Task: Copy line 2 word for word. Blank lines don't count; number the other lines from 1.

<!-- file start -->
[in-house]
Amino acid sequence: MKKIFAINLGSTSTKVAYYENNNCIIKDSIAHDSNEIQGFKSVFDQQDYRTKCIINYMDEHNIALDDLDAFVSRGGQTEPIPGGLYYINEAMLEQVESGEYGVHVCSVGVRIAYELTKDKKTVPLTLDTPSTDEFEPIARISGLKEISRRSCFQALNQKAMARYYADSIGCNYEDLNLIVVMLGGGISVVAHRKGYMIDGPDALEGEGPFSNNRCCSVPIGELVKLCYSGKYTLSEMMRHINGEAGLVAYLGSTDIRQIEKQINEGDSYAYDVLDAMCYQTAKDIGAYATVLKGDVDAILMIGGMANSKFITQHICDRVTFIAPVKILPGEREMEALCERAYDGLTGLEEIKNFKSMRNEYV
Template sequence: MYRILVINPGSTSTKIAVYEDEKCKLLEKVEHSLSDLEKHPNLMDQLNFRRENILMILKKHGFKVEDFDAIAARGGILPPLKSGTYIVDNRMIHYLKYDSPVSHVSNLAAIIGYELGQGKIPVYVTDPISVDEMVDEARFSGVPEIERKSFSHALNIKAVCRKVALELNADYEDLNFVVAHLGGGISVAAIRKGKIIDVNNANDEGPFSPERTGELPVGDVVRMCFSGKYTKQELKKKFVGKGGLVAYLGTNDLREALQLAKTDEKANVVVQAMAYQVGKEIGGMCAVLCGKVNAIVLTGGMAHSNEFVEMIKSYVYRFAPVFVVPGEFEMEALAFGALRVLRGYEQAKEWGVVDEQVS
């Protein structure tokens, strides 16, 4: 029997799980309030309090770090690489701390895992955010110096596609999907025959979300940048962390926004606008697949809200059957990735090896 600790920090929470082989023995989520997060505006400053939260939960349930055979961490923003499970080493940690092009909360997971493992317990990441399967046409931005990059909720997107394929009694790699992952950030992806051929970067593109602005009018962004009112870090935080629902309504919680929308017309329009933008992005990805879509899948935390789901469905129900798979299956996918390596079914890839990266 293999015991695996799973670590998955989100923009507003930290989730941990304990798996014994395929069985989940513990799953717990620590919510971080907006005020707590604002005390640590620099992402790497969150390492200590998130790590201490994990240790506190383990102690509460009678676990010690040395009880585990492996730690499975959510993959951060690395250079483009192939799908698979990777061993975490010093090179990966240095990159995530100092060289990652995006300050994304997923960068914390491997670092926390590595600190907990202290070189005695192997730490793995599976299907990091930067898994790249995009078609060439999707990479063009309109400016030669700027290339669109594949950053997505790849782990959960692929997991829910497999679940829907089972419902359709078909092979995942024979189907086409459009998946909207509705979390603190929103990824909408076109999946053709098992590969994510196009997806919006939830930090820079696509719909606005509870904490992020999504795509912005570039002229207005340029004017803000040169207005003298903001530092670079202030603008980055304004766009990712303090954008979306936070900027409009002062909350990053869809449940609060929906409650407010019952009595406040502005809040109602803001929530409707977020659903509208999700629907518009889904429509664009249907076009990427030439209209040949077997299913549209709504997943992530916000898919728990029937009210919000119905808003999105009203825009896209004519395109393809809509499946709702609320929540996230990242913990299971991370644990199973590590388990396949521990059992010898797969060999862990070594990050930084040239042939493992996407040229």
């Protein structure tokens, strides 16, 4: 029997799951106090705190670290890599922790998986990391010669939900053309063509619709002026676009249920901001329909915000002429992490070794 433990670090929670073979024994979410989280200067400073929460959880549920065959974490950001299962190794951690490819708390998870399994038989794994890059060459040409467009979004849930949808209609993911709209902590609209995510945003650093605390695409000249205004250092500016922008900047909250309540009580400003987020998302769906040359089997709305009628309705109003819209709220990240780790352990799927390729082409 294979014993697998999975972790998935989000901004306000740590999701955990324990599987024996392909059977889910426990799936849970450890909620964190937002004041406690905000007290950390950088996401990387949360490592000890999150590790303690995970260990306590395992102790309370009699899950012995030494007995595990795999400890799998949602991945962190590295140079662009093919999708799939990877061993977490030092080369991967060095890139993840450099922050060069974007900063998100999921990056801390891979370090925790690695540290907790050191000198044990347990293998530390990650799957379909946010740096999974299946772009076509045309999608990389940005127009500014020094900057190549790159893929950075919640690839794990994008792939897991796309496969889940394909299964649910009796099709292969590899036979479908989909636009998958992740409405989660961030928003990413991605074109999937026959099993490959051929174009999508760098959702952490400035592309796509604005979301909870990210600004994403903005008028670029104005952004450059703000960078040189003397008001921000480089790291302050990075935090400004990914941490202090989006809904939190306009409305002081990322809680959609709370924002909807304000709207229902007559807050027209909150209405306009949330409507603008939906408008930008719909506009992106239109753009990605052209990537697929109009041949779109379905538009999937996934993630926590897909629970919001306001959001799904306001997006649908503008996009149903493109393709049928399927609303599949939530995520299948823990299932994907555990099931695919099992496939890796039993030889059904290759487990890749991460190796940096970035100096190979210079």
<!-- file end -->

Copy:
Amino acid sequence: MKKIFAINLGSTSTKVAYYENNNCIIKDSIAHDSNEIQGFKSVFDQQDYRTKCIINYMDEHNIALDDLDAFVSRGGQTEPIPGGLYYINEAMLEQVESGEYGVHVCSVGVRIAYELTKDKKTVPLTLDTPSTDEFEPIARISGLKEISRRSCFQALNQKAMARYYADSIGCNYEDLNLIVVMLGGGISVVAHRKGYMIDGPDALEGEGPFSNNRCCSVPIGELVKLCYSGKYTLSEMMRHINGEAGLVAYLGSTDIRQIEKQINEGDSYAYDVLDAMCYQTAKDIGAYATVLKGDVDAILMIGGMANSKFITQHICDRVTFIAPVKILPGEREMEALCERAYDGLTGLEEIKNFKSMRNEYV